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Music Video Distributors presents
The Sound of Jazz (1957)

"Jazz and live television have one thing in common: a quality known as immediacy."
- host John Crosby

Review By: Jon Danziger   
Published: March 05, 2003

Stars: Count Basie, Red Allen, Billie Holiday, Lester Young, Coleman Hawkins, Milt Hilton, Jimmy Giuffre
Other Stars: Rex Stewart, Milt Hinton, Thelonious Monk, Doc Cheatham, Roy Eldridge
Director: Jack Smight

MPAA Rating: Not Rated
Run Time: 00h:55m:46s
Release Date: January 14, 2003
UPC: 022891910893
Genre: jazz

Image Transfer
Audio Transfer

DVD Review

Live, from CBS Studio 58, comes this DVD chock full of jazz masters. Originally broadcast as part of a series called The Seven Lively Arts, produced by John Houseman, this hour-long show assembled some of the most notable jazz musicians working in late 1957, and the program emphasizes the improvisatory nature of their work. Basically, host John Crosby clutches a clipboard to be certain that he gets the names right, and then he lets them go to it. The results, as you could probably anticipate, are mixed, but there are some memorable highlights, and it's a show unlike anything we'll see again on network television.

Count Basie kicks it off with a winnowed-down assemblage of his big band—they sound pretty good, but don't seem to know quite what to do with the huge cameras craning down on them. Next Crosby and the camera crew move next door for Red Allen and his ensemble performing Wild Man Blues. (Some of the song titles are identified; some are not.) Their next number is Rosetta, and in another indication of how times have changed, cigarette smoke wafts all around the musicians; one trumpet player on a solo can even be seen cradling a butt between his fingers.

Basie is up again, with Jimmy Rushing on vocals, and then comes the very best part of the show: Billie Holiday, with an all-star backup group that includes Ben Webster, Gerry Mulligan and Roy Eldridge. Holiday is in pretty good form, but of course this is a good twenty years after her most important studio work. Brief voice-overs pre-recorded by the musicians about what jazz means to them might have been interesting, but they're so muffled that you can barely make out a word.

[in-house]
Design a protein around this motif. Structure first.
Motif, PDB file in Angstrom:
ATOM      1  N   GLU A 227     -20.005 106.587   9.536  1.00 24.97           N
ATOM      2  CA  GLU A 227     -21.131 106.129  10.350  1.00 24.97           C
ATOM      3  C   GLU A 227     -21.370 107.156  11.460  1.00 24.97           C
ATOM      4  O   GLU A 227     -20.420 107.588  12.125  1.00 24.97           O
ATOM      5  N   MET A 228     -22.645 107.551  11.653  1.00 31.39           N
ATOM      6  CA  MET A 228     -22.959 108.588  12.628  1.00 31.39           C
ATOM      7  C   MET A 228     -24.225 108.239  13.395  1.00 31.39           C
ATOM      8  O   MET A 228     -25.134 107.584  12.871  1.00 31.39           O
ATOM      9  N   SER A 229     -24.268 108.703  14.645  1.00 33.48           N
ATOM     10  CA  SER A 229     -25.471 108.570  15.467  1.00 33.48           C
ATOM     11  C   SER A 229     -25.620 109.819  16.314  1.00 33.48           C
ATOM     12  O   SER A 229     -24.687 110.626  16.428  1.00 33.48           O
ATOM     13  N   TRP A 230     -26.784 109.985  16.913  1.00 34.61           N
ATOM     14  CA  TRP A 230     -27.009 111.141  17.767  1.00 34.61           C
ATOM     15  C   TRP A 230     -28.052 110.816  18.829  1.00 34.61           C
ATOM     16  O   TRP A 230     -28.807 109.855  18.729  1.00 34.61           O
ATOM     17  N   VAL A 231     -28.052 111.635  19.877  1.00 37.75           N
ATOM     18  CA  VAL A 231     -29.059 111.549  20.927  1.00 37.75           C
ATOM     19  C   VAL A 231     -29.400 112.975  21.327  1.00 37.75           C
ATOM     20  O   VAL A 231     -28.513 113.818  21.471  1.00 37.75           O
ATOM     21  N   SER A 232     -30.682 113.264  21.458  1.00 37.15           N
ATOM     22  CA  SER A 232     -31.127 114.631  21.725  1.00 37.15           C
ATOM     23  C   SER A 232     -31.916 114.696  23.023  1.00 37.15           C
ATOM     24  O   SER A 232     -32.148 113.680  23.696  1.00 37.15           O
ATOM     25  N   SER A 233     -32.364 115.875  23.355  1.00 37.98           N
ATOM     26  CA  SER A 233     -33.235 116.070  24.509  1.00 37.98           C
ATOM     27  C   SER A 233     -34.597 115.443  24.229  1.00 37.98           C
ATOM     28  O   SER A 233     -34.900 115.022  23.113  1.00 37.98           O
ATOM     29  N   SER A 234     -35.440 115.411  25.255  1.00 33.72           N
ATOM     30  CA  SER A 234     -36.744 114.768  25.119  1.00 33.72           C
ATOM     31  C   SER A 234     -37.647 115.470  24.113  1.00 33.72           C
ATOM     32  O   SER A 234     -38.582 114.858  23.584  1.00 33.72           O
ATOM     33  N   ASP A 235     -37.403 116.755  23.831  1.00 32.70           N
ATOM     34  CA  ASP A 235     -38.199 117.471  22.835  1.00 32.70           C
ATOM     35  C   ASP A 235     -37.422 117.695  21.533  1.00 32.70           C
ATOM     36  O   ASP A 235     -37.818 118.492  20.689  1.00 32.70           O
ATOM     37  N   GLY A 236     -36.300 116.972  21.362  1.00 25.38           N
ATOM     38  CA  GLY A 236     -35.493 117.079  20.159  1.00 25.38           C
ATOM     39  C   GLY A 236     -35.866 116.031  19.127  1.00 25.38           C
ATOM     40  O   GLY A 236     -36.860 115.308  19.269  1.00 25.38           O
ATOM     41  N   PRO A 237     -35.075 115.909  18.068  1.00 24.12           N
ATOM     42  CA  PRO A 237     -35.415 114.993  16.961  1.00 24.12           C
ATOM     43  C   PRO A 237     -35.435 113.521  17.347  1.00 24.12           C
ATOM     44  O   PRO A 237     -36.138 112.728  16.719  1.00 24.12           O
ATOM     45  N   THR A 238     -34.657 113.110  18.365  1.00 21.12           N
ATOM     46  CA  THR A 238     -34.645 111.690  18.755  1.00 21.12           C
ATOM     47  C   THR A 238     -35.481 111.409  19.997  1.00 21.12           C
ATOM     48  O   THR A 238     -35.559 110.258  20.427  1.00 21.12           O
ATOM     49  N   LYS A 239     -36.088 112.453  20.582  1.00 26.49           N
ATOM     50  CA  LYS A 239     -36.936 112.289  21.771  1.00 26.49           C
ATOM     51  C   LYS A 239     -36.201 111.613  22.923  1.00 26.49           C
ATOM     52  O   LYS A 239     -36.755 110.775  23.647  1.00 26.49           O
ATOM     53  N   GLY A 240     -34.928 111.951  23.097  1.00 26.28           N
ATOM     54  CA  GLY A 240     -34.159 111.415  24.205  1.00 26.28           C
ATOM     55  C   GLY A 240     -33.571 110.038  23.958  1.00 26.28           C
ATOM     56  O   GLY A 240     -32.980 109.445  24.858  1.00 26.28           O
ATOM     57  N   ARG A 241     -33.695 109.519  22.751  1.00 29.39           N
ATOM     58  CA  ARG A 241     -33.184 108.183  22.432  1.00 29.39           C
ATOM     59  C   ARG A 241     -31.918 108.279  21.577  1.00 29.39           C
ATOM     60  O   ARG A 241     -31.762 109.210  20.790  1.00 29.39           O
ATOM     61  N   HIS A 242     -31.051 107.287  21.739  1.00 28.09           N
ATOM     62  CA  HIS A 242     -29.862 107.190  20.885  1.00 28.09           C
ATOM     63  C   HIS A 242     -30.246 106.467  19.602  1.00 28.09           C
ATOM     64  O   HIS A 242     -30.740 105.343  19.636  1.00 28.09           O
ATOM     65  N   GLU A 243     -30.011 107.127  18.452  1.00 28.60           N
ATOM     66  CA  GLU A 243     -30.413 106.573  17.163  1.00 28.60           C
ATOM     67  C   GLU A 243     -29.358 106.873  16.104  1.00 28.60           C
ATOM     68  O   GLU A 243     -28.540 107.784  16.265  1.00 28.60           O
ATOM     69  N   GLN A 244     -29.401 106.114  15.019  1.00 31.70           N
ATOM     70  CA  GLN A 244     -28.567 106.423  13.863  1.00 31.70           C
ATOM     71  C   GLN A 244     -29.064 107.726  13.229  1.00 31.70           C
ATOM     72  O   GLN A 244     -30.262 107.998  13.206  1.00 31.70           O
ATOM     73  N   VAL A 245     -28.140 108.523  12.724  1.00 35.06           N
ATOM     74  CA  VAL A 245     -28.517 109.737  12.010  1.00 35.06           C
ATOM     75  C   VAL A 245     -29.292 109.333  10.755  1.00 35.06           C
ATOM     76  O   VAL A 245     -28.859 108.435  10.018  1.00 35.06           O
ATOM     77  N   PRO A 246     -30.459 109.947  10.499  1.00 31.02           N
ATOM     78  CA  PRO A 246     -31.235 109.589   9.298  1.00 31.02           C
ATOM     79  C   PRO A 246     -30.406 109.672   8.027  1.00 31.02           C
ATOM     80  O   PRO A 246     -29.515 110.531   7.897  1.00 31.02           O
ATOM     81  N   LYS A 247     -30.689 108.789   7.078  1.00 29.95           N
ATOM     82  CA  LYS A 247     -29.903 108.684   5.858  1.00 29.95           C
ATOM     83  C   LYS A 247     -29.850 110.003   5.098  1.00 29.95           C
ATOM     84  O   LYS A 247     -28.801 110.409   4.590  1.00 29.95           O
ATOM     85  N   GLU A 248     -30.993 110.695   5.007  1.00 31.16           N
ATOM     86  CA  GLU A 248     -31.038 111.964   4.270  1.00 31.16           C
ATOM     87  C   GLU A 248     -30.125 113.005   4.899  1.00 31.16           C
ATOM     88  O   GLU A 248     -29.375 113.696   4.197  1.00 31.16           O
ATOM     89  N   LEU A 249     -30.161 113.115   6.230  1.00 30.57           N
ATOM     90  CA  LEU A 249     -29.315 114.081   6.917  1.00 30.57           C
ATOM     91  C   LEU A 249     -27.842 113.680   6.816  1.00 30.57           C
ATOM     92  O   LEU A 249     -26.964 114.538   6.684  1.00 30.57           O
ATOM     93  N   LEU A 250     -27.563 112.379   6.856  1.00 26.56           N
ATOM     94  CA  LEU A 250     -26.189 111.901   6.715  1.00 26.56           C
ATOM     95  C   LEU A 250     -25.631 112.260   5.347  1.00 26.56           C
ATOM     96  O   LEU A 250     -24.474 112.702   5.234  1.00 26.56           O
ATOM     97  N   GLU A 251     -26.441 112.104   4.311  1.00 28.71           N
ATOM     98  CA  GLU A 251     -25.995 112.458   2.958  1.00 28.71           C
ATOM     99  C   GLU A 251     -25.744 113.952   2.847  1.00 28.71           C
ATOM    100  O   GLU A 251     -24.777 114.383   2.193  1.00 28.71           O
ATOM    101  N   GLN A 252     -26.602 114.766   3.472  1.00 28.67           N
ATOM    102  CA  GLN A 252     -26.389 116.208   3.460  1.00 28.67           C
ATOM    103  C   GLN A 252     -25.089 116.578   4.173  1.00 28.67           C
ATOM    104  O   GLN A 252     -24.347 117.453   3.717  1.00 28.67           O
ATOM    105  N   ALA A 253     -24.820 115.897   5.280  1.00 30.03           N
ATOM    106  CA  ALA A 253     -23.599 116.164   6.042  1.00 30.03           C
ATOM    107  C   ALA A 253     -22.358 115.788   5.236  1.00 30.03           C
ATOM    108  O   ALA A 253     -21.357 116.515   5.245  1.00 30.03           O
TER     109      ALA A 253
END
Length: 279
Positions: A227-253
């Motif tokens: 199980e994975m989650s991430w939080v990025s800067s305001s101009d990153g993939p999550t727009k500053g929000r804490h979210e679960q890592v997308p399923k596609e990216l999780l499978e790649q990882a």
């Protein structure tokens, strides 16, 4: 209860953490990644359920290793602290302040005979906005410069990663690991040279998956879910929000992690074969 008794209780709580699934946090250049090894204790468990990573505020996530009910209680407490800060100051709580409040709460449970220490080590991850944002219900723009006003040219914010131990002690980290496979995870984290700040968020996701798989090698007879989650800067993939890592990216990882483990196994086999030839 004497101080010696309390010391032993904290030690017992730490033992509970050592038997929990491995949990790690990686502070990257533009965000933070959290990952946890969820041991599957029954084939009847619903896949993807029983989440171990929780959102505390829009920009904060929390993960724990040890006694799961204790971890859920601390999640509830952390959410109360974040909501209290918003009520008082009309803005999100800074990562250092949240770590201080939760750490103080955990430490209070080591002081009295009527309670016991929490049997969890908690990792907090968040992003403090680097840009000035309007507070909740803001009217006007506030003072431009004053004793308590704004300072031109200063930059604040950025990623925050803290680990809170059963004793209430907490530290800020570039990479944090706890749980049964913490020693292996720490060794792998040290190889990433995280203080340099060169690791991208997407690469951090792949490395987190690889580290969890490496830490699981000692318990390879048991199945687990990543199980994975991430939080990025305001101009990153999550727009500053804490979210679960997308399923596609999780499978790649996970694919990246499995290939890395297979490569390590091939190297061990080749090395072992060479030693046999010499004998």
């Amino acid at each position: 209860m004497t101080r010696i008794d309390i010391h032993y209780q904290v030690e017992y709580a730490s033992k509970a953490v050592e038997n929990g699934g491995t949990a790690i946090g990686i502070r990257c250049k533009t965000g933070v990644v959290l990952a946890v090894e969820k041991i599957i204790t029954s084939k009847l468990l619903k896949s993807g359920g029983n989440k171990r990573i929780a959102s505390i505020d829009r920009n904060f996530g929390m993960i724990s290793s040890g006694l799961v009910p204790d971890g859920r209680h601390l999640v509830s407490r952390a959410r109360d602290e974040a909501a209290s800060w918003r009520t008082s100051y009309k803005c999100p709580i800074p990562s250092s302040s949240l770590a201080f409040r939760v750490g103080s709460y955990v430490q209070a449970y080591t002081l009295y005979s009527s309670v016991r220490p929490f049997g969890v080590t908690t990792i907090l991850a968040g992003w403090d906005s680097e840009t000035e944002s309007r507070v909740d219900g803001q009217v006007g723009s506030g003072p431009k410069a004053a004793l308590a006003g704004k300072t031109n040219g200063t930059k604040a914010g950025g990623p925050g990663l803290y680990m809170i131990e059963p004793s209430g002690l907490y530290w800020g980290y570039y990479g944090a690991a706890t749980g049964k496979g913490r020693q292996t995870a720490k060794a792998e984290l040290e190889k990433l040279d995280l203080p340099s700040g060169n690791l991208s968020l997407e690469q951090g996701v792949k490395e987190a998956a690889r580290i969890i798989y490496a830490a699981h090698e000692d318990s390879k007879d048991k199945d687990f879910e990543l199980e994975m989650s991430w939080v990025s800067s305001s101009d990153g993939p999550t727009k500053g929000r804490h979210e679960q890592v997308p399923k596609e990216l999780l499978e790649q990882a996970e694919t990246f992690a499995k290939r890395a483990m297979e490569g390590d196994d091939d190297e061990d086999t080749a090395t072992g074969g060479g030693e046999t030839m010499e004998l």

Things get a little more progressive with a trio led by Jimmy Giuffre, and the finale is a mix of the old and the new, with Giuffre's ensemble joined by a couple of Basie's players. The contrast between the generations isn't especially clear, though the younger guys seem a little cowed being in the company of giants. This unvarnished disc comes to us warts and all, even with the original commercials, featuring a promo for Tallulah Bankhead in tonight's installment of G. E. Theatre.

It's not groundbreaking stuff, musically—you get the sense that even for the performers, this is a throwaway event. But still, the level of talent that was in the studio that day was formidable, and these fine musicians sound terrific in their various configurations.

Rating for Style: B-
Rating for Substance: B-


Image Transfer

Aspect Ratio1.33:1 - Full Frame
Original Aspect Ratioyes

Image Transfer Review: Picture quality is very poor—resolution is low, the image frequently looks fuzzy, and it's full of scratches, and it's often washed out to the point of making the musicians indistinguishable from one another. I know that this wasn't filmed for the ages, but even so, things here look pretty poor.

Image Transfer Grade: D


Audio Transfer

 LanguageRemote Access

Audio Transfer Review: The music is the main event, and while you'll be able to make most of it out, in the first half of the show especially there's a criminal amount of hissing. Little or no care was taken to do anything with the raw source material in the DVD transfer, and you can sure hear it.

Audio Transfer Grade: D


Disc Extras

Static menu
Scene Access with 16 cues and remote access
Packaging: generic plastic keepcase
1 Disc
1-Sided disc(s)
Layers: single

Extra Extras:
  1. three bonus audio tracks
Extras Review: Three jazz tunes are on hand, playing over CD cover art—Coleman Hawkins does Dali (04m:33s), and then he's joined by Red Allen on South (06m:22s); finally, Sarah Vaughan sings East of the Sun (07m:36s) with Count Basie and his orchestra. Chapter headings in the menu lack numbers, and run vertically rather than horizontally, both of which make the disc tougher than necessary to negotiate.

Extras Grade: C


Final Comments

Technically very weak, this disc still affords jazz fans the chance to see some of the best doing their thing, which is a whole lot better than most of what's on television these days.


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